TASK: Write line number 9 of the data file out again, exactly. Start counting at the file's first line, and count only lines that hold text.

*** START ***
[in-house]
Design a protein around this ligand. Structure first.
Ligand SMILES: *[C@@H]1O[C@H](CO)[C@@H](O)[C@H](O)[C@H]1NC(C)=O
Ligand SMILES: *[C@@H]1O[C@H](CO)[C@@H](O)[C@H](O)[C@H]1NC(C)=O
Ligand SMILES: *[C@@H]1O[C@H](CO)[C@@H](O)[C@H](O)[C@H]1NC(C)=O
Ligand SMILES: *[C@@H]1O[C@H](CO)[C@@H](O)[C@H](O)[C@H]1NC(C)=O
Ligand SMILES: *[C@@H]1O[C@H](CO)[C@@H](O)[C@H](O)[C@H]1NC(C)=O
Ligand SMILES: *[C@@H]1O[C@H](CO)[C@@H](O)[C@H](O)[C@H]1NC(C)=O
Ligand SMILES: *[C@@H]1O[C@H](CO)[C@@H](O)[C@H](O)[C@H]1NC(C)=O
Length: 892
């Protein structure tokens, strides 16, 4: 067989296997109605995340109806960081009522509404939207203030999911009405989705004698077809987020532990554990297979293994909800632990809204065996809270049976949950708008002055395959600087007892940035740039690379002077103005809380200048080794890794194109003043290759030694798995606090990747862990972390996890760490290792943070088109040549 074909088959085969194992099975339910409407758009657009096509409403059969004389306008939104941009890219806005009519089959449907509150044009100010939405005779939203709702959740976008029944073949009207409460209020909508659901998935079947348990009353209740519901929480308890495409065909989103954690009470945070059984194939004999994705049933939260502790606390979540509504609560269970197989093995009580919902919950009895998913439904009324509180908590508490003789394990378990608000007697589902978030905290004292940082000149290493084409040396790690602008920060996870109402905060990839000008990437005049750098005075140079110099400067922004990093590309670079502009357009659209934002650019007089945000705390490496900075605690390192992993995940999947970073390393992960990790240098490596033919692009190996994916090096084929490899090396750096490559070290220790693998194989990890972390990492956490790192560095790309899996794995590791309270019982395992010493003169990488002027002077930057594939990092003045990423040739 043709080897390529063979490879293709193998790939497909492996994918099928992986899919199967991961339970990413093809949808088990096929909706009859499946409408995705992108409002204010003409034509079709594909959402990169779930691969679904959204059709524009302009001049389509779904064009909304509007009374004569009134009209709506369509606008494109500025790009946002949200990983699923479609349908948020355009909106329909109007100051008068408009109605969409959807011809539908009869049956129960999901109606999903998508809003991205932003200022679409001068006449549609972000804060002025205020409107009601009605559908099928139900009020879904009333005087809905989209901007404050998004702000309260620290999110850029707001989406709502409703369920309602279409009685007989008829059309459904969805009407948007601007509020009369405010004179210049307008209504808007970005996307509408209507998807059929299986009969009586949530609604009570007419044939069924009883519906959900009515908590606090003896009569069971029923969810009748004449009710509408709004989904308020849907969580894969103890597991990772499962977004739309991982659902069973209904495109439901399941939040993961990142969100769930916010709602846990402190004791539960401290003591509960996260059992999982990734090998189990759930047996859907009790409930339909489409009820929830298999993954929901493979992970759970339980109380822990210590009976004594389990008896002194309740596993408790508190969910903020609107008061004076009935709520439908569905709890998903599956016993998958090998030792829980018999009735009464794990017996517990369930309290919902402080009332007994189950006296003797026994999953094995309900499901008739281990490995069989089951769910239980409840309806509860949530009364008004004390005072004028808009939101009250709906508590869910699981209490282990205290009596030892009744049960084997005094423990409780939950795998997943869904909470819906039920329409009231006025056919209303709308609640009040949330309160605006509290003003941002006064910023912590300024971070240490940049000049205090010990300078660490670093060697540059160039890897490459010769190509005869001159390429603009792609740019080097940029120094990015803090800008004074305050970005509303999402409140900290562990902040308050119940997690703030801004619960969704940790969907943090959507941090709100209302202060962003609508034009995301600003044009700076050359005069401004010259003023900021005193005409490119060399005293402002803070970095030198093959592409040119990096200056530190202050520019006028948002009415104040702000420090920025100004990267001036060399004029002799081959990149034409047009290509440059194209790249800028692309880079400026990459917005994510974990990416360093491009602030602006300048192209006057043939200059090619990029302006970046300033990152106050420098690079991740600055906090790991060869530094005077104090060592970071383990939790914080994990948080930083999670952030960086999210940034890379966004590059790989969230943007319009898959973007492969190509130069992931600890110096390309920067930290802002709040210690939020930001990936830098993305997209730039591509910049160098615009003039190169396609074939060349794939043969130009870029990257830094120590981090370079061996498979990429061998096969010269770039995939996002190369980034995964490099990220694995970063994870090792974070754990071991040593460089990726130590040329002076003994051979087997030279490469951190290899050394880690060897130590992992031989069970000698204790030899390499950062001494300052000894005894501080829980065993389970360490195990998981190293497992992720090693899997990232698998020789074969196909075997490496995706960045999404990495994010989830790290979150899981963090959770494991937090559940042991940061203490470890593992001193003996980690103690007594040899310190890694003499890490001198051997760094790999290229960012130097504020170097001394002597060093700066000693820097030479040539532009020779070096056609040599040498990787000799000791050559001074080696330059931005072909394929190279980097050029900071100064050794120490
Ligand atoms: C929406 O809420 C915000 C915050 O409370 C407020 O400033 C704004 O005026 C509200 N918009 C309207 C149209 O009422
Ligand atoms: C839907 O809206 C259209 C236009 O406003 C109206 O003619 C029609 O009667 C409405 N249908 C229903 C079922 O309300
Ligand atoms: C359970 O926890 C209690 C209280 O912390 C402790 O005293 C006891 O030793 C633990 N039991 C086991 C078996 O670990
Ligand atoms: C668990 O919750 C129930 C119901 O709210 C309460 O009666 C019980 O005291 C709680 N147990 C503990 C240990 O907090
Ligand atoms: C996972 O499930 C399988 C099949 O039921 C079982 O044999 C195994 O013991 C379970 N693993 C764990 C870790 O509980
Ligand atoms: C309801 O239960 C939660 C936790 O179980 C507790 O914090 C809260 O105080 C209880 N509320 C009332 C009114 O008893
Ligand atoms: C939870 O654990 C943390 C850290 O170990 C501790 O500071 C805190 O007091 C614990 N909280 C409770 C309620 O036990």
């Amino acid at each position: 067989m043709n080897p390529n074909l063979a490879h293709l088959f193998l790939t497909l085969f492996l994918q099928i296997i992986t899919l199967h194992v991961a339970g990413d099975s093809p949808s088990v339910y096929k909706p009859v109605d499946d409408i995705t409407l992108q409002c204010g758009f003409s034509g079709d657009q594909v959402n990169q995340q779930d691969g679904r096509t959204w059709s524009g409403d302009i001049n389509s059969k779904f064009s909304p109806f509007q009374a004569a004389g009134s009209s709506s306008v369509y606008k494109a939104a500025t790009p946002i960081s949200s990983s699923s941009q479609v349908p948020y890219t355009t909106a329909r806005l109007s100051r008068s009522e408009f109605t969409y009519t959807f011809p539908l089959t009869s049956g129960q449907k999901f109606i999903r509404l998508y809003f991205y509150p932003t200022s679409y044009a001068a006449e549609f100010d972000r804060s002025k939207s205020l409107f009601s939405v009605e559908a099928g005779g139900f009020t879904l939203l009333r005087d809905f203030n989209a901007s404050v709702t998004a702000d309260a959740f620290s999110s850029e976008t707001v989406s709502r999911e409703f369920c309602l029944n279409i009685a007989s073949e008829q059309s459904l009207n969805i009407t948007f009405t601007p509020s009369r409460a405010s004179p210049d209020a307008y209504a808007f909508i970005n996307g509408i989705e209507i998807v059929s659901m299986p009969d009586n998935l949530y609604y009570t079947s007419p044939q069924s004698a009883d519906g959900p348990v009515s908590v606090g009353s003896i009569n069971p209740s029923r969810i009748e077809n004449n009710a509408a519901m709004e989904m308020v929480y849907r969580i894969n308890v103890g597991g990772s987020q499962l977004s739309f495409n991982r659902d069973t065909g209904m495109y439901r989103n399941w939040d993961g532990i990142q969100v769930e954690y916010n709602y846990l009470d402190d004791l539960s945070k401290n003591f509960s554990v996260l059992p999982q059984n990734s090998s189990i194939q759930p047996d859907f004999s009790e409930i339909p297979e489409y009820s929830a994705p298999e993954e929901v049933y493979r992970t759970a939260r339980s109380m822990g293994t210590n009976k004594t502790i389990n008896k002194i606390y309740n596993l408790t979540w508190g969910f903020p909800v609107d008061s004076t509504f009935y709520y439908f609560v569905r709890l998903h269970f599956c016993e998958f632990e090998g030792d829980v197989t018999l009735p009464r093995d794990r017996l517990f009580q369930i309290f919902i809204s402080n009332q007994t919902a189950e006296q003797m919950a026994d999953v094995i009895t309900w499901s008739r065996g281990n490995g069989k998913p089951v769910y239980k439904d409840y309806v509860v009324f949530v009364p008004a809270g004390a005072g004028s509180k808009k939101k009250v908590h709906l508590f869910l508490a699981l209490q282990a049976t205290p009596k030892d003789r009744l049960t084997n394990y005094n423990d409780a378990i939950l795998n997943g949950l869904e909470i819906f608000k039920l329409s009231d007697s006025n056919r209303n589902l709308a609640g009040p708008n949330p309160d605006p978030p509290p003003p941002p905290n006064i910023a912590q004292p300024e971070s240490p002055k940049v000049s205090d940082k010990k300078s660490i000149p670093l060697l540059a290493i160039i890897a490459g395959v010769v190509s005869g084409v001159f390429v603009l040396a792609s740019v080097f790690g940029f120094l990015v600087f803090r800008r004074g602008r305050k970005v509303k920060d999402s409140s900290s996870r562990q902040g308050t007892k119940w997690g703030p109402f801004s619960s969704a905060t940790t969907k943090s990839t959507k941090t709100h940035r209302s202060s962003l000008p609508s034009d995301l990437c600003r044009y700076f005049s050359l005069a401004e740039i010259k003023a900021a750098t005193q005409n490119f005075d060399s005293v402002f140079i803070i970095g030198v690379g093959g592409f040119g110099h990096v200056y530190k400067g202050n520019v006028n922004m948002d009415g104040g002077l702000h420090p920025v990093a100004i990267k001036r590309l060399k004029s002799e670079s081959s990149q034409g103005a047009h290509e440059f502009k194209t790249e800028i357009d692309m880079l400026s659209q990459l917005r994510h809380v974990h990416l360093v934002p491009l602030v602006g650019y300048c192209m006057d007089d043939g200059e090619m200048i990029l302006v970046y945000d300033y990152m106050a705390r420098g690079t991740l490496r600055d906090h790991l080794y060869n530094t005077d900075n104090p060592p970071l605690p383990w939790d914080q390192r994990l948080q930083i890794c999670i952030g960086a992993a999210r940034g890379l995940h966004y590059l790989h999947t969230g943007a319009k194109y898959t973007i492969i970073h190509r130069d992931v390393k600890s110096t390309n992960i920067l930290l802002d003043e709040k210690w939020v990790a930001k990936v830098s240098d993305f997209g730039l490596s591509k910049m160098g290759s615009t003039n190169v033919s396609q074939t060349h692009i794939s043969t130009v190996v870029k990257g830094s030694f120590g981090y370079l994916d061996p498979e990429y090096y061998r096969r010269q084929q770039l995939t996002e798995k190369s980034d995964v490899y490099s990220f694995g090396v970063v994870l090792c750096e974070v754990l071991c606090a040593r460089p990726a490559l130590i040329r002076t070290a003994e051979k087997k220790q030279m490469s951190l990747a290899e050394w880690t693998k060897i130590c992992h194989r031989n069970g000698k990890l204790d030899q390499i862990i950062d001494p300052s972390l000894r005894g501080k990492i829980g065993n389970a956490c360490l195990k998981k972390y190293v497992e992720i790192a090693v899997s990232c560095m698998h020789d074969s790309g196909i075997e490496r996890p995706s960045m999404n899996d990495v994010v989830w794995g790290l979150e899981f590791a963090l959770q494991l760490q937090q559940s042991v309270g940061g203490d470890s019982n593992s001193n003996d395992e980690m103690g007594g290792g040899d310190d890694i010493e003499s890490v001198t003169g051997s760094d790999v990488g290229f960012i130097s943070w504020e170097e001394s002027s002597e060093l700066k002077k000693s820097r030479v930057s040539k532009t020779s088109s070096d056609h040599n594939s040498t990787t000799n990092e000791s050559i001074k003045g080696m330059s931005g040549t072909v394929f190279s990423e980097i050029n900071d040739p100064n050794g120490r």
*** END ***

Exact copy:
Ligand SMILES: *[C@@H]1O[C@H](CO)[C@@H](O)[C@H](O)[C@H]1NC(C)=O